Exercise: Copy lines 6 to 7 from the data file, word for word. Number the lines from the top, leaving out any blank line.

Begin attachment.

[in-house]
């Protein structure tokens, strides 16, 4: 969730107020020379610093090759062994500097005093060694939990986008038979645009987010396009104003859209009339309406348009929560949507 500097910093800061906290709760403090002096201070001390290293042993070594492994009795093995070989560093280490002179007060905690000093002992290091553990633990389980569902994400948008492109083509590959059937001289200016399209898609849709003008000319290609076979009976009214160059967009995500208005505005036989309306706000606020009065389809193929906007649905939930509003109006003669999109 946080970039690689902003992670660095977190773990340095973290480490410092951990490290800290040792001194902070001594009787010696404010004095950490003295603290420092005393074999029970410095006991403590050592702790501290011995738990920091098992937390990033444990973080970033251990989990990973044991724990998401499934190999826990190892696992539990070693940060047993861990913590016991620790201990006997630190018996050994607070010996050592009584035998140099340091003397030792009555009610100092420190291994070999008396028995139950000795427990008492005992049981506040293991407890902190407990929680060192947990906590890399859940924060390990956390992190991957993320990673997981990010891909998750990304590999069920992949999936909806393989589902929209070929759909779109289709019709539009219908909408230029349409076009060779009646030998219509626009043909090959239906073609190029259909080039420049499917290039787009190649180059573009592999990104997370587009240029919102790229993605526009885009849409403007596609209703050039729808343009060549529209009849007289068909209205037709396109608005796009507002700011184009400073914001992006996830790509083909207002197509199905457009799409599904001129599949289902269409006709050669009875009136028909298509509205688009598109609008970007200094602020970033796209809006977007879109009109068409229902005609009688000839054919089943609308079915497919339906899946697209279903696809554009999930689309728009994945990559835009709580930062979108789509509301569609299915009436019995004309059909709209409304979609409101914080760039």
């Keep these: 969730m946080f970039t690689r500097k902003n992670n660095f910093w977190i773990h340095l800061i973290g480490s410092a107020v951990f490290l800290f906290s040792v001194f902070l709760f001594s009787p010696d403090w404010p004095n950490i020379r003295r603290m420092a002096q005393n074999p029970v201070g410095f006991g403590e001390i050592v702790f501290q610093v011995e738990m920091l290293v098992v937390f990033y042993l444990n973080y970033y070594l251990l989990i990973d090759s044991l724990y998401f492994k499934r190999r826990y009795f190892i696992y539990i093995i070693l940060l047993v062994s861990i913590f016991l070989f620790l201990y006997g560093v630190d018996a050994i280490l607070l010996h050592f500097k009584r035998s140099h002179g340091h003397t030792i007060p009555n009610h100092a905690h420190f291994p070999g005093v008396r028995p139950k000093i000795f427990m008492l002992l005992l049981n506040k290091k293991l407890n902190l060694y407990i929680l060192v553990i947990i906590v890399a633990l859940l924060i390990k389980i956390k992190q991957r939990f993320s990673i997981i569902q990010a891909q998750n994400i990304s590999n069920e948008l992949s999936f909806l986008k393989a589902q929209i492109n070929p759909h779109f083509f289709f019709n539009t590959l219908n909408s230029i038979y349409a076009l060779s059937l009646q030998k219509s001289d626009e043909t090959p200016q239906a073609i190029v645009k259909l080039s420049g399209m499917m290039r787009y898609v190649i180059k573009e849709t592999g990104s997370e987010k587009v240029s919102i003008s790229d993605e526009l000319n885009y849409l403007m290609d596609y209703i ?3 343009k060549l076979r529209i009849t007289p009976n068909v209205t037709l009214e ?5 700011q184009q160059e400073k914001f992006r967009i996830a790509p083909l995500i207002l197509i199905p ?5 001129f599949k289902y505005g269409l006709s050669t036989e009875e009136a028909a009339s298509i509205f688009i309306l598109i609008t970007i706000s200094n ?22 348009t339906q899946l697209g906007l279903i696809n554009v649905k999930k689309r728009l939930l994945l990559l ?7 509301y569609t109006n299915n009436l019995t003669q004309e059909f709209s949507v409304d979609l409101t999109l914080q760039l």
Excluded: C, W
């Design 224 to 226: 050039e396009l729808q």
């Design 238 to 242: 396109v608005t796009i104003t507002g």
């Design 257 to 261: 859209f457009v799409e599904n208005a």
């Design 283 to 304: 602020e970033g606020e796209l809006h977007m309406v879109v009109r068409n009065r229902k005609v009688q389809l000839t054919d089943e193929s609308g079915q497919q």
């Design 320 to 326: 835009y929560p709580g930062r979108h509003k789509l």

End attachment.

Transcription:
């Design 238 to 242: 396109v608005t796009i104003t507002g």
């Design 257 to 261: 859209f457009v799409e599904n208005a």